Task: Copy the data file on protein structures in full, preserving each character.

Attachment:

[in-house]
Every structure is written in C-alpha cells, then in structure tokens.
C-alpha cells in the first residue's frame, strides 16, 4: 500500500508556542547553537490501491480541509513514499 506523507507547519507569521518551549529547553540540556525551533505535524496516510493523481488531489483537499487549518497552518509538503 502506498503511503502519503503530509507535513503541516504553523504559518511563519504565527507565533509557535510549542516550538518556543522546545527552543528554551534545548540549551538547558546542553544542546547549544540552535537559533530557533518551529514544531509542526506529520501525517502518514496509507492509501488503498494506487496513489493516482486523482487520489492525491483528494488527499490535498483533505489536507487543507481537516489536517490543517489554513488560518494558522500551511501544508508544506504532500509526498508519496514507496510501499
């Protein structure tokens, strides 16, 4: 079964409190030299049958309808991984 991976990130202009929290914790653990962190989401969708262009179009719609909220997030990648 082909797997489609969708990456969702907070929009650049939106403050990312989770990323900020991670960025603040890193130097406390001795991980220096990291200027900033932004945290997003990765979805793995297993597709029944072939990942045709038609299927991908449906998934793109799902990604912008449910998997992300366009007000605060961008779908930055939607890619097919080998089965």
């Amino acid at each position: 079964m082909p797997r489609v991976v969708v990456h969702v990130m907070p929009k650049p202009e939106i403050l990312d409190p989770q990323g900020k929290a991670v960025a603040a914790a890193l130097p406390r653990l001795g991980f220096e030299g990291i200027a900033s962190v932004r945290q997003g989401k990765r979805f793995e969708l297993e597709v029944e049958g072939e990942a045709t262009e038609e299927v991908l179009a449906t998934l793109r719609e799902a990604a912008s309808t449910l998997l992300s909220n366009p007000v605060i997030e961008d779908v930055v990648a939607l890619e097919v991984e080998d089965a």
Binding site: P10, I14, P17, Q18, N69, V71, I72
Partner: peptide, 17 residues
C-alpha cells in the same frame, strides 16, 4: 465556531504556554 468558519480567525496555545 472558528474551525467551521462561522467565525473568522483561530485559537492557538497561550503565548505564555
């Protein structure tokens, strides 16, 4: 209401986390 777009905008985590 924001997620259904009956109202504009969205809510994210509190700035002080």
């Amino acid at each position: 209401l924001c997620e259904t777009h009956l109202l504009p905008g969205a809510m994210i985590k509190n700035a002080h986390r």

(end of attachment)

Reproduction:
[in-house]
Every structure is written in C-alpha cells, then in structure tokens.
C-alpha cells in the first residue's frame, strides 16, 4: 500500500508556542547553537490501491480541509513514499 506523507507547519507569521518551549529547553540540556525551533505535524496516510493523481488531489483537499487549518497552518509538503 502506498503511503502519503503530509507535513503541516504553523504559518511563519504565527507565533509557535510549542516550538518556543522546545527552543528554551534545548540549551538547558546542553544542546547549544540552535537559533530557533518551529514544531509542526506529520501525517502518514496509507492509501488503498494506487496513489493516482486523482487520489492525491483528494488527499490535498483533505489536507487543507481537516489536517490543517489554513488560518494558522500551511501544508508544506504532500509526498508519496514507496510501499
């Protein structure tokens, strides 16, 4: 079964409190030299049958309808991984 991976990130202009929290914790653990962190989401969708262009179009719609909220997030990648 082909797997489609969708990456969702907070929009650049939106403050990312989770990323900020991670960025603040890193130097406390001795991980220096990291200027900033932004945290997003990765979805793995297993597709029944072939990942045709038609299927991908449906998934793109799902990604912008449910998997992300366009007000605060961008779908930055939607890619097919080998089965």
């Amino acid at each position: 079964m082909p797997r489609v991976v969708v990456h969702v990130m907070p929009k650049p202009e939106i403050l990312d409190p989770q990323g900020k929290a991670v960025a603040a914790a890193l130097p406390r653990l001795g991980f220096e030299g990291i200027a900033s962190v932004r945290q997003g989401k990765r979805f793995e969708l297993e597709v029944e049958g072939e990942a045709t262009e038609e299927v991908l179009a449906t998934l793109r719609e799902a990604a912008s309808t449910l998997l992300s909220n366009p007000v605060i997030e961008d779908v930055v990648a939607l890619e097919v991984e080998d089965a």
Binding site: P10, I14, P17, Q18, N69, V71, I72
Partner: peptide, 17 residues
C-alpha cells in the same frame, strides 16, 4: 465556531504556554 468558519480567525496555545 472558528474551525467551521462561522467565525473568522483561530485559537492557538497561550503565548505564555
């Protein structure tokens, strides 16, 4: 209401986390 777009905008985590 924001997620259904009956109202504009969205809510994210509190700035002080």
């Amino acid at each position: 209401l924001c997620e259904t777009h009956l109202l504009p905008g969205a809510m994210i985590k509190n700035a002080h986390r």